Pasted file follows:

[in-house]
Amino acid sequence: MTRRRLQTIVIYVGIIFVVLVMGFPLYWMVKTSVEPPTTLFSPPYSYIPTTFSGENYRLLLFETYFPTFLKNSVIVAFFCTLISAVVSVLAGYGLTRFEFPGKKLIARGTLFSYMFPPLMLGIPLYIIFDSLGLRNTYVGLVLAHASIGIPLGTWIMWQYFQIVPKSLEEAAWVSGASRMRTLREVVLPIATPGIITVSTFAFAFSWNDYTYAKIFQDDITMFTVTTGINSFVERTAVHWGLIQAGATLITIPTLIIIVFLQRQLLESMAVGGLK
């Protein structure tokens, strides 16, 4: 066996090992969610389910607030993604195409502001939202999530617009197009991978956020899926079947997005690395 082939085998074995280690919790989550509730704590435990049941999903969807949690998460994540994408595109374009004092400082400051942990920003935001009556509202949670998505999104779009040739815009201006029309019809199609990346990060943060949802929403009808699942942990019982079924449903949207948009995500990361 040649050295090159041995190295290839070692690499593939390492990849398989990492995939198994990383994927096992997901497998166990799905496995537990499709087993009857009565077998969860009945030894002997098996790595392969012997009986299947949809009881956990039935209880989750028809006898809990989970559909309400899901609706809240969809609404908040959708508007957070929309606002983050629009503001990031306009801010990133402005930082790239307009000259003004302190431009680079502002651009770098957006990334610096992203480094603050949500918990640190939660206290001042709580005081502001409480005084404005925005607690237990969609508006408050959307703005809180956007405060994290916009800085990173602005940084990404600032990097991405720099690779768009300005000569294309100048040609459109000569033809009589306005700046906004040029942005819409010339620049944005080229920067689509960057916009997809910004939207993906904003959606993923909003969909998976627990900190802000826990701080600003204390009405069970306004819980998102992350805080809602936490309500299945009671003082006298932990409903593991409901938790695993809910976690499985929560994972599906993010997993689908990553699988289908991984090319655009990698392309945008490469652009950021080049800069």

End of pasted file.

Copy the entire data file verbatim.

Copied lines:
[in-house]
Amino acid sequence: MTRRRLQTIVIYVGIIFVVLVMGFPLYWMVKTSVEPPTTLFSPPYSYIPTTFSGENYRLLLFETYFPTFLKNSVIVAFFCTLISAVVSVLAGYGLTRFEFPGKKLIARGTLFSYMFPPLMLGIPLYIIFDSLGLRNTYVGLVLAHASIGIPLGTWIMWQYFQIVPKSLEEAAWVSGASRMRTLREVVLPIATPGIITVSTFAFAFSWNDYTYAKIFQDDITMFTVTTGINSFVERTAVHWGLIQAGATLITIPTLIIIVFLQRQLLESMAVGGLK
């Protein structure tokens, strides 16, 4: 066996090992969610389910607030993604195409502001939202999530617009197009991978956020899926079947997005690395 082939085998074995280690919790989550509730704590435990049941999903969807949690998460994540994408595109374009004092400082400051942990920003935001009556509202949670998505999104779009040739815009201006029309019809199609990346990060943060949802929403009808699942942990019982079924449903949207948009995500990361 040649050295090159041995190295290839070692690499593939390492990849398989990492995939198994990383994927096992997901497998166990799905496995537990499709087993009857009565077998969860009945030894002997098996790595392969012997009986299947949809009881956990039935209880989750028809006898809990989970559909309400899901609706809240969809609404908040959708508007957070929309606002983050629009503001990031306009801010990133402005930082790239307009000259003004302190431009680079502002651009770098957006990334610096992203480094603050949500918990640190939660206290001042709580005081502001409480005084404005925005607690237990969609508006408050959307703005809180956007405060994290916009800085990173602005940084990404600032990097991405720099690779768009300005000569294309100048040609459109000569033809009589306005700046906004040029942005819409010339620049944005080229920067689509960057916009997809910004939207993906904003959606993923909003969909998976627990900190802000826990701080600003204390009405069970306004819980998102992350805080809602936490309500299945009671003082006298932990409903593991409901938790695993809910976690499985929560994972599906993010997993689908990553699988289908991984090319655009990698392309945008490469652009950021080049800069």